Book Review: ‘Children Of Darkness’ by Courtney Shockey

‘Children of Darkness is a grim tale filled with foreboding and brooding suspense from which there is little relief. Even when the protagonist forces herself to relax, both she and the reader remain slightly tense with the sensation that the respite can only ever be fleeting. 

Shockey builds the tension and darkness until it is almost tangible, then delivers blow after blow that suck the air from the reader’s lungs and keep them on the edge of their seat. 

This is a very well crafted horror story that keeps the reader guessing right to the end.

‘Children Of Darkness’ has been awarded a Gold Acorn. 

Find your copy here

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Book Review: ‘A Different Kind of Angel: A Novel’ by Paulette Mahurin

A compelling story based on real events.

It is not difficult to be horrified by the level of cruelty that humans will inflict on one another, especially where prejudice and power are involved. There is much in this book that tells of the trauma, the emotional and physical scarring, and the horrors experienced by the victims of such torture experienced not only by those who survived the government pogroms against the Jews in late 19th century Russia, but also by those exposed to the depths of degradation meted out to those who found themselves inside the cruel, cold walls of the notorious Blackwell’s Island Insane Asylum in New York. 

Based on the true story of Nellie Bly’s infiltration of the asylum and subsequent exposure of the abuses and brutality that occurred there, and on the experiences of many who fled Russia in the hope of making a new life in America, ‘A Different Kind of Angel’ tells the stories of Klara Gelfman and the other women she meets inside that institution.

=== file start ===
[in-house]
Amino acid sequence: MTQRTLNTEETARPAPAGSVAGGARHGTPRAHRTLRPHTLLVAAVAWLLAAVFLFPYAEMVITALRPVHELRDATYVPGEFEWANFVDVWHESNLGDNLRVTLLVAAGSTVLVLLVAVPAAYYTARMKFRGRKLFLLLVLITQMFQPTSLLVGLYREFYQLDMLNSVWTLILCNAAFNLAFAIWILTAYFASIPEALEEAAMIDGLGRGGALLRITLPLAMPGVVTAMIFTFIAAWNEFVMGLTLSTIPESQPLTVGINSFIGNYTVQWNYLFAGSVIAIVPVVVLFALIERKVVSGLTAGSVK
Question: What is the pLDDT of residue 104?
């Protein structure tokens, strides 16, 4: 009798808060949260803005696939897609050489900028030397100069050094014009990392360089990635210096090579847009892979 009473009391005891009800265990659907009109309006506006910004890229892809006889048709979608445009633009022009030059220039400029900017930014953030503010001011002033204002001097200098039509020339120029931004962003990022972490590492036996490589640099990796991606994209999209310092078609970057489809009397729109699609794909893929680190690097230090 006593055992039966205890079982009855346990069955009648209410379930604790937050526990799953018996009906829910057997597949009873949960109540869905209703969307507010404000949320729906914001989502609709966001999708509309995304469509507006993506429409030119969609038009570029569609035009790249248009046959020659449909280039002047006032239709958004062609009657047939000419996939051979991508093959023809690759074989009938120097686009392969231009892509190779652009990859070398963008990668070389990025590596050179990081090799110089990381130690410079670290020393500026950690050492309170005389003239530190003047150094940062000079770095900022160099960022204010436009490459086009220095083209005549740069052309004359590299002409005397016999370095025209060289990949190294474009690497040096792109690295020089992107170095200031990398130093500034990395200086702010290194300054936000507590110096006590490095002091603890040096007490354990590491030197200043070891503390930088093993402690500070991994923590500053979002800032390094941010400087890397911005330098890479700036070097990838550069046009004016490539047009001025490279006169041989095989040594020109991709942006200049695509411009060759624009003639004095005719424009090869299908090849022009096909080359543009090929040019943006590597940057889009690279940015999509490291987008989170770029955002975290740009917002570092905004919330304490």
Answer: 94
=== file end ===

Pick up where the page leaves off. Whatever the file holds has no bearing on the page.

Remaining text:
The book certainly has its dark moments, but it also gives emphasis to the resilience and kindness of people like Klara and her friends Catherine and Nellie. These women are inspirational in their ability to rise above the pain and muck time and time again, reminders to us all of the power of encouragement and kindness in the face of hostility and fear. 

Mahurin tells a compelling story. The characters are strongly drawn, and the depictions of the various behaviours of the inmates of the asylum are vivid and, one suspects, based on careful study and research. At no time is the narrative insensitive to the plight of the insane, nor to the individual qualities of each woman and her mental illness. The reader has a strong sense of how their lives and conditions could be  vastly different given proper care, nutrition and some kindness, and feels deeply grateful to the few souls who showed these women as much compassion as they were able to. 

Overall, the story is more encouraging than depressing, and most enlightening. Despite the darkness, the message of the story is  positive and empowering, especially for those enduring some kind of misery or darkness in their own lives. 

‘A Different Kind of Angel: A Novel’ has been awarded a Gold Acorn. 

Find your copy here

Book Review: ‘Blow – A Short Story’ by K.J. Waters

A dramatic and suspenseful short story that you can enjoy in less than an hour.

Set in Florida during Hurricane Ivan, this story is a companion to Waters’ books Shattering Time and Stealing Time, but works effectively as a stand-alone story. 

The author increases the tension and suspense as the intensity of the hurricane rises. The reader is positioned to experience the events as though looking over the main character’s shoulder, sharing in his thoughts and feelings as the drama unfolds. 

I enjoyed both the author’s writing style and this very dramatic short story. 

‘Blow’ has been awarded a Silver Acorn.